Probate & Assets: FAQ

Which assets need to go through Probate?

Generally, all assets owned by the decedent at the time of death require probate to be transferred.

Assets that have a designated beneficiary are held in a trust, are payable on death, or are jointly owned with rights of survivor are usually not considered probate assets since upon the death of the decedent the ownership transfers and the asset is no longer considered owned by the decedent nor their estate. 

If you are unsure if an asset requires probate, we recommend doing the following: 

  • Checking for designated beneficiaries
  • Checking the ownership (deed/titled/account/etc.) and to see if:
    • The asset is owned by a Trust
    • The asset had joint ownership rights of survivors
    • There is a Transfer on Death (TOD) agreement

What are 'ancillary assets'?

When ancillary estates are opened, the estate is viewed separately from the primary estate.  

The primary estate consists of assets tied to the state where the decedent was a resident and any non-state-specific assets (such as bank accounts). The ancillary estate consists only of the assets tied to the estate where ancillary probate was opened (often physical assets).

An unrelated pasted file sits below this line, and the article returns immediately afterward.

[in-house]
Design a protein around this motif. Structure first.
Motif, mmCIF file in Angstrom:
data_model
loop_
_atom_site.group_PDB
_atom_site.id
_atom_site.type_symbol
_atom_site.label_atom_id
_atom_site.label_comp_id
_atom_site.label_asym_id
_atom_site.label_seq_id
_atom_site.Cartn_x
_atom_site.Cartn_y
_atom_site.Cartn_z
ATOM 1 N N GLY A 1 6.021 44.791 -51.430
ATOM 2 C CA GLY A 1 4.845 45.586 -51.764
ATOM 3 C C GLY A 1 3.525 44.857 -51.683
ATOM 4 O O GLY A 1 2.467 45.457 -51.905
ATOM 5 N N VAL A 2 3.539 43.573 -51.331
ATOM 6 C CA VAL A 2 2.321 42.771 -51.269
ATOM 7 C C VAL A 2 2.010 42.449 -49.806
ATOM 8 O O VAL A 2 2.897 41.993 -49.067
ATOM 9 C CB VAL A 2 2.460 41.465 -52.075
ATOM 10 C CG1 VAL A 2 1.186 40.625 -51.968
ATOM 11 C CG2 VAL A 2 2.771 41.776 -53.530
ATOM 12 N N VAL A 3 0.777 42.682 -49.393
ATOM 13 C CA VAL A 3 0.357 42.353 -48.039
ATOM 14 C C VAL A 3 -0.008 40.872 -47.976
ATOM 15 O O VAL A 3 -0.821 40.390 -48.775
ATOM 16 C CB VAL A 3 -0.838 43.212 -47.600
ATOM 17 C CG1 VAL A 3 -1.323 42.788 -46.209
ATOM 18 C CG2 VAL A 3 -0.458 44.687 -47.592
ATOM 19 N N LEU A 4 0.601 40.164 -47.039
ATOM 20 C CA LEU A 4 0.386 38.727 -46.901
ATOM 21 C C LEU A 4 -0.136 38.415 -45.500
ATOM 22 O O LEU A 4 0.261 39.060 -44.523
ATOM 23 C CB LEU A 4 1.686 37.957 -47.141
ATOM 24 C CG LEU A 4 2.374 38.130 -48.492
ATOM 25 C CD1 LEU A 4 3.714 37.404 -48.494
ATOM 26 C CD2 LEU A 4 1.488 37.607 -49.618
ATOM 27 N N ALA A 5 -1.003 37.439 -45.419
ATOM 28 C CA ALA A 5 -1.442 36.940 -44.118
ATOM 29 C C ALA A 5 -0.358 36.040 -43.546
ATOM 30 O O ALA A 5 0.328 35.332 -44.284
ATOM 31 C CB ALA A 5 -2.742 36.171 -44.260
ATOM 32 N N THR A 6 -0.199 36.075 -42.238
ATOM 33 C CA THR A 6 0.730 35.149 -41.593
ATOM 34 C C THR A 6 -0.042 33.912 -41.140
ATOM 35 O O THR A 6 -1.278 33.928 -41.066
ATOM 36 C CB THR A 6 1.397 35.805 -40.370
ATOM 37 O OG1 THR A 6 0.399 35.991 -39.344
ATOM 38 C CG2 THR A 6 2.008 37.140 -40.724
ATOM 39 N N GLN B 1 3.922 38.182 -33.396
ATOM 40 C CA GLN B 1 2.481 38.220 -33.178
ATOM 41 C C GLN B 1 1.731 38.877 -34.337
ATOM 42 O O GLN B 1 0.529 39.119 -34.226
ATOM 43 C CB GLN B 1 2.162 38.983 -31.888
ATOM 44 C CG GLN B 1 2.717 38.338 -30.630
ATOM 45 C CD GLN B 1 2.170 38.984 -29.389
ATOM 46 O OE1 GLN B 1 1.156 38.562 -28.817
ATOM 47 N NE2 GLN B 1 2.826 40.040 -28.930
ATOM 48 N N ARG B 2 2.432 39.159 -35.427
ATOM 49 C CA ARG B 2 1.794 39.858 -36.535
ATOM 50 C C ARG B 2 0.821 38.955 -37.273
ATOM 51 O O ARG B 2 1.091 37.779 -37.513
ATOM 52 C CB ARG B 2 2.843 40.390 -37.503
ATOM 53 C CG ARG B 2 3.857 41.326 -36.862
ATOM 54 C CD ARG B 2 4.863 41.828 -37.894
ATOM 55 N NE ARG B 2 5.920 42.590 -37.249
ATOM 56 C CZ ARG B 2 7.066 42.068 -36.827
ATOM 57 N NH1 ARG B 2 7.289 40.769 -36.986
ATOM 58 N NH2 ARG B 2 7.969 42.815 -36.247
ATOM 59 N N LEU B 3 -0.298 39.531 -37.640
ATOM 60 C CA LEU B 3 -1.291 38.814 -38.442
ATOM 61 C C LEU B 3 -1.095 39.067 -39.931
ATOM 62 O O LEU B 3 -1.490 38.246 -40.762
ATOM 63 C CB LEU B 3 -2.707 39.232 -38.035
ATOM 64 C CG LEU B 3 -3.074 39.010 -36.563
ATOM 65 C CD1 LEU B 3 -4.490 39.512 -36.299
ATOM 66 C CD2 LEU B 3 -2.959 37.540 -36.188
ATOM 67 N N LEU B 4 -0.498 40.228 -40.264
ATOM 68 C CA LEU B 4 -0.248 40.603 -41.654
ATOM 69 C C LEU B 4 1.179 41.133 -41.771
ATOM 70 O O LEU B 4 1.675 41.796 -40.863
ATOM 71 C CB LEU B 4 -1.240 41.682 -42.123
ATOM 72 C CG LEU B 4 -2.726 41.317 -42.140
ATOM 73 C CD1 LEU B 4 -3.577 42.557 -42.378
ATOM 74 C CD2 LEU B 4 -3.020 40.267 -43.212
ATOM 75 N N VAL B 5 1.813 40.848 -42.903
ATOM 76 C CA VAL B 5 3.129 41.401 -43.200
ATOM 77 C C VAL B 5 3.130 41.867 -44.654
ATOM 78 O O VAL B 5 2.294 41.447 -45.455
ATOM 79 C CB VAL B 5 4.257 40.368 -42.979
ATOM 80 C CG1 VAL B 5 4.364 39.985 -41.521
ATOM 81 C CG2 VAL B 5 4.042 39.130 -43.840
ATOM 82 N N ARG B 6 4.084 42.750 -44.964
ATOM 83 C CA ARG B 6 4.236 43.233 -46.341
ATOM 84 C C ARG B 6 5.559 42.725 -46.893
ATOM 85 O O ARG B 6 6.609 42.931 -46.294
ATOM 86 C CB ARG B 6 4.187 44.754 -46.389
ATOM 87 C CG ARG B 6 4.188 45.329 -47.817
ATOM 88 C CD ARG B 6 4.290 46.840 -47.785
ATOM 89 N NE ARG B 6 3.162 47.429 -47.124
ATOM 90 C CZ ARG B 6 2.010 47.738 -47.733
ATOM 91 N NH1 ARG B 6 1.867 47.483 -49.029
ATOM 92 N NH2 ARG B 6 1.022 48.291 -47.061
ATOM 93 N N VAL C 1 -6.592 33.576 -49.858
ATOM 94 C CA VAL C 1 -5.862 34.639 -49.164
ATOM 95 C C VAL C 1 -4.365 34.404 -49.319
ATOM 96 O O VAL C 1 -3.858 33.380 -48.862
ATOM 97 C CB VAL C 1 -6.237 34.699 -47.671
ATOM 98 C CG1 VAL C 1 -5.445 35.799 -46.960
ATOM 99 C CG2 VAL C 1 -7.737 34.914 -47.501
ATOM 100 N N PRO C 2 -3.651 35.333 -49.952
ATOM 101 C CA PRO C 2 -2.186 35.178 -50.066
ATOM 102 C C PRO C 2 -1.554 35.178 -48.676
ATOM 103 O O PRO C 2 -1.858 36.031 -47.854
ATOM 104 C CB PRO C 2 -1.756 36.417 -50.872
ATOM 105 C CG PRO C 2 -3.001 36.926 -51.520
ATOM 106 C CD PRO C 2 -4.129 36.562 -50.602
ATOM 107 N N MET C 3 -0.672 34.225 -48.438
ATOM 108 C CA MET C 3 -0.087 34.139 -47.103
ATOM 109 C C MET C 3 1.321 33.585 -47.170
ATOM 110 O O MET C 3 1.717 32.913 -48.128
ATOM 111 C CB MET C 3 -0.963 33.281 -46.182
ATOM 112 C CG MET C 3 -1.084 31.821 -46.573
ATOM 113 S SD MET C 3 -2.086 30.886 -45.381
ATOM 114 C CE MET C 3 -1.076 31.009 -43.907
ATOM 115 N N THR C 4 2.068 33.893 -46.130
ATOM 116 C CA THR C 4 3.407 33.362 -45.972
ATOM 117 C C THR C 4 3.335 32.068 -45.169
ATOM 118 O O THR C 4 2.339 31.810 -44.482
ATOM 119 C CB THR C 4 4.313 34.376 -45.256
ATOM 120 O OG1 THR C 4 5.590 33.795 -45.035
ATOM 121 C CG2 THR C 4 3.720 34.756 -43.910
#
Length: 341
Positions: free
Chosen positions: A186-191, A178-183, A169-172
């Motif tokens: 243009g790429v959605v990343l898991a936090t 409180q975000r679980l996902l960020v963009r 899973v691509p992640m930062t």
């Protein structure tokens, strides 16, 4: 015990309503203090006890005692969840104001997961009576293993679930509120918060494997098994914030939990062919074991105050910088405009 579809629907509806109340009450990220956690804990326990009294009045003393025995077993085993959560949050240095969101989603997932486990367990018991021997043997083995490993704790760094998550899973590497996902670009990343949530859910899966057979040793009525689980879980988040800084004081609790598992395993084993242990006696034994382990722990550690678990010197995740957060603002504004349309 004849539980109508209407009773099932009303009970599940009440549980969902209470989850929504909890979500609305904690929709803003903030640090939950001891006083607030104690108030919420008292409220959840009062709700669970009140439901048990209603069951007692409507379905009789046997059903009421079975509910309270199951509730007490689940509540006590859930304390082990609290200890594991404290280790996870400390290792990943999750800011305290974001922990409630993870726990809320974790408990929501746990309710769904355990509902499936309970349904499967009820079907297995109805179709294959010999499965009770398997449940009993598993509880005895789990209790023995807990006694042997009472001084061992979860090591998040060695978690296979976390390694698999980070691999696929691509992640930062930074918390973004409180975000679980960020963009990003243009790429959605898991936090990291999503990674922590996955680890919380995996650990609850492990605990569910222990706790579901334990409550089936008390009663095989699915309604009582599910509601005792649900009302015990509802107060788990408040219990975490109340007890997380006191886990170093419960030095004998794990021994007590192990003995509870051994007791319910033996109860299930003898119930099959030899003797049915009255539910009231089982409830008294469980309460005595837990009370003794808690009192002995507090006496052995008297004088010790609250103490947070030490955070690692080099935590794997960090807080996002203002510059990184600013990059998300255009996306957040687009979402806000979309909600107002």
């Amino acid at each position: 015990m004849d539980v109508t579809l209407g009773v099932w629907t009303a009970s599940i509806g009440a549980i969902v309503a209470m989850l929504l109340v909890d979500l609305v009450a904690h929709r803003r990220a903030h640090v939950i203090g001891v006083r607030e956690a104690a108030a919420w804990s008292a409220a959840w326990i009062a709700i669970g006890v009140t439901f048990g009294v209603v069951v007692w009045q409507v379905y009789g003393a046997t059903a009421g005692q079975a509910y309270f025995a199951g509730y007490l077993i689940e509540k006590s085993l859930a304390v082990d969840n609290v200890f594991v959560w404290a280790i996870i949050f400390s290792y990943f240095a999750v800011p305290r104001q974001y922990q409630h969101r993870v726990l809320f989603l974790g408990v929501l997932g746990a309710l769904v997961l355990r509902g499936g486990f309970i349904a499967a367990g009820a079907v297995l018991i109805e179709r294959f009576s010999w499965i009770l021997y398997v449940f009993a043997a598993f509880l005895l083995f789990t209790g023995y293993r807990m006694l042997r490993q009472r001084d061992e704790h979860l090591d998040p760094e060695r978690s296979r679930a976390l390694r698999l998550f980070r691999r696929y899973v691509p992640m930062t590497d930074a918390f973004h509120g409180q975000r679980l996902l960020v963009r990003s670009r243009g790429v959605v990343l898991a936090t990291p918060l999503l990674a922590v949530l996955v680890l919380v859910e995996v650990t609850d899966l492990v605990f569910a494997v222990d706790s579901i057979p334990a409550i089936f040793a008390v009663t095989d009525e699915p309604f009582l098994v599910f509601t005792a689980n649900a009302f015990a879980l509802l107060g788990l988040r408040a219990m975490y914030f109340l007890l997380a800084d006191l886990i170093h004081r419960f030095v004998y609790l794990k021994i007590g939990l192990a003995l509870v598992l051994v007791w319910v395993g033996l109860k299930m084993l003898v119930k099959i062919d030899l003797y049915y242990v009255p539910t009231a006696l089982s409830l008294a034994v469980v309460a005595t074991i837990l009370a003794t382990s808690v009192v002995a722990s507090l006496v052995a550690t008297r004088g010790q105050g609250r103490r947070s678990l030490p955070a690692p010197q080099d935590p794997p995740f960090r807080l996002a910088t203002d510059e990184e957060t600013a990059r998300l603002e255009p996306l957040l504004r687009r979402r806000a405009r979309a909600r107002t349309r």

Since ancillary probate is based on just the assets in a certain state, it is possible for an ancillary estate to qualify for simplified procedures (assuming the procedure allows for ancillary assets). Primary probate is typically kept open until all ancillary cases are closed since the ancillary cases are usually contingent upon the personal representative having been appointed in the primary state. 

What is 'exempt property'?

Exempt property refers to assets that can be protected from creditor claims or debts of the decedent.

Generally, exempt property is intended to protect the surviving spouse or dependents from being left without essential resources after the deceased person's debts are paid off and their estate is distributed. The requirements and specifications of exempt property vary by state. They can usually include: personal property up to a certain amount, vehicles, and in some instances, homestead property. Many states have additional forms required to declare exempt property.

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